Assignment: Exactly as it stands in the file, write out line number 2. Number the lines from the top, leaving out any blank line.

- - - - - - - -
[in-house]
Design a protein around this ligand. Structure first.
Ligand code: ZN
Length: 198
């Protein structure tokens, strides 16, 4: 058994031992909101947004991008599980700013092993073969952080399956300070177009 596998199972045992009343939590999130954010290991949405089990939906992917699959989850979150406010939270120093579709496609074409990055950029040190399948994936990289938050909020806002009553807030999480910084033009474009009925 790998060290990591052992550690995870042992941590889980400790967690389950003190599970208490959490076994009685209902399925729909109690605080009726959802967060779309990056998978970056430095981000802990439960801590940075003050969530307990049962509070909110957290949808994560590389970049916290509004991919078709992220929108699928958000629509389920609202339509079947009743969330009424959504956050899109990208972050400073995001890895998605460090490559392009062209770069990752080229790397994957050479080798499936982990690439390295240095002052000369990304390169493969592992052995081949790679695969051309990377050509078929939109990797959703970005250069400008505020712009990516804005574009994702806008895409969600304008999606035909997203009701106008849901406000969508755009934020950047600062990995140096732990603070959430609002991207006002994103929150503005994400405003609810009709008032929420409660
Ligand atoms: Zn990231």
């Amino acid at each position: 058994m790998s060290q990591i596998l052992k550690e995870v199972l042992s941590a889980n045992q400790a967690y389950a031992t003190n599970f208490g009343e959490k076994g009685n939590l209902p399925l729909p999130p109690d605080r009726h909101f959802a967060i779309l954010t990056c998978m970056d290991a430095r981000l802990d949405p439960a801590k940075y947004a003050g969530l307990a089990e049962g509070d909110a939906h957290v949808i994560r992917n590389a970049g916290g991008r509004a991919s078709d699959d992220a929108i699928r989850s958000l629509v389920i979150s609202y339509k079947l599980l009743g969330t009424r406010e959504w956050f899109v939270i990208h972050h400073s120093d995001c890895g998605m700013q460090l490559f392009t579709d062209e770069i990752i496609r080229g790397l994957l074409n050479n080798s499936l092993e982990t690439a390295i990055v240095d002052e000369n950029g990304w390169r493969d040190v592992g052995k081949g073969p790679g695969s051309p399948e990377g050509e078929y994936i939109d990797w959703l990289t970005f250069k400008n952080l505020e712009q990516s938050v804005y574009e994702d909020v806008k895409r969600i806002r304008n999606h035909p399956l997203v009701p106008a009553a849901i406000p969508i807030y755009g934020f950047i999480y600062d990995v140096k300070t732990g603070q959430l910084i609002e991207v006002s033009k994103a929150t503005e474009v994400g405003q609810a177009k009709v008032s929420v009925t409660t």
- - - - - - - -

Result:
Design a protein around this ligand. Structure first.